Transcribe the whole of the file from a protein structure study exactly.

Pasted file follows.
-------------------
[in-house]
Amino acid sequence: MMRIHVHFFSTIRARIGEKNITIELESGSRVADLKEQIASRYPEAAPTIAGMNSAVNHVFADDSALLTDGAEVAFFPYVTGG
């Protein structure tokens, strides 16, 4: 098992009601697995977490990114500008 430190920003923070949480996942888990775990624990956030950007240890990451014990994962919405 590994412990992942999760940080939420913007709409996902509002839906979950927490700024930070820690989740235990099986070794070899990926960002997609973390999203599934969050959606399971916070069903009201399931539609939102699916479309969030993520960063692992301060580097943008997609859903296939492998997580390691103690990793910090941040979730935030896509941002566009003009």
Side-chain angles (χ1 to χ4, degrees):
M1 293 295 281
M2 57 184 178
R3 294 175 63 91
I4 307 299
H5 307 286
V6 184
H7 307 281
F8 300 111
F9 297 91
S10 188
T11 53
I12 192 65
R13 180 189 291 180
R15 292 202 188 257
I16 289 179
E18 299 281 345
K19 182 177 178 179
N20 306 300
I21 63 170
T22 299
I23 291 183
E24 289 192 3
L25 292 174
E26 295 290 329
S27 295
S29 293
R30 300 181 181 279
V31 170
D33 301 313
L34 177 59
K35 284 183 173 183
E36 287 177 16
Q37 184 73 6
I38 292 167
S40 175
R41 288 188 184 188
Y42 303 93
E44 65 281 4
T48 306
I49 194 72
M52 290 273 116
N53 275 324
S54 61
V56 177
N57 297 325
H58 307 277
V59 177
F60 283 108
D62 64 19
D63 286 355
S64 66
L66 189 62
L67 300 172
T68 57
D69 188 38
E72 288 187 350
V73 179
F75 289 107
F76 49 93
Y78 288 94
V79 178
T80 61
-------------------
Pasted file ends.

[in-house]
Amino acid sequence: MMRIHVHFFSTIRARIGEKNITIELESGSRVADLKEQIASRYPEAAPTIAGMNSAVNHVFADDSALLTDGAEVAFFPYVTGG
């Protein structure tokens, strides 16, 4: 098992009601697995977490990114500008 430190920003923070949480996942888990775990624990956030950007240890990451014990994962919405 590994412990992942999760940080939420913007709409996902509002839906979950927490700024930070820690989740235990099986070794070899990926960002997609973390999203599934969050959606399971916070069903009201399931539609939102699916479309969030993520960063692992301060580097943008997609859903296939492998997580390691103690990793910090941040979730935030896509941002566009003009």
Side-chain angles (χ1 to χ4, degrees):
M1 293 295 281
M2 57 184 178
R3 294 175 63 91
I4 307 299
H5 307 286
V6 184
H7 307 281
F8 300 111
F9 297 91
S10 188
T11 53
I12 192 65
R13 180 189 291 180
R15 292 202 188 257
I16 289 179
E18 299 281 345
K19 182 177 178 179
N20 306 300
I21 63 170
T22 299
I23 291 183
E24 289 192 3
L25 292 174
E26 295 290 329
S27 295
S29 293
R30 300 181 181 279
V31 170
D33 301 313
L34 177 59
K35 284 183 173 183
E36 287 177 16
Q37 184 73 6
I38 292 167
S40 175
R41 288 188 184 188
Y42 303 93
E44 65 281 4
T48 306
I49 194 72
M52 290 273 116
N53 275 324
S54 61
V56 177
N57 297 325
H58 307 277
V59 177
F60 283 108
D62 64 19
D63 286 355
S64 66
L66 189 62
L67 300 172
T68 57
D69 188 38
E72 288 187 350
V73 179
F75 289 107
F76 49 93
Y78 288 94
V79 178
T80 61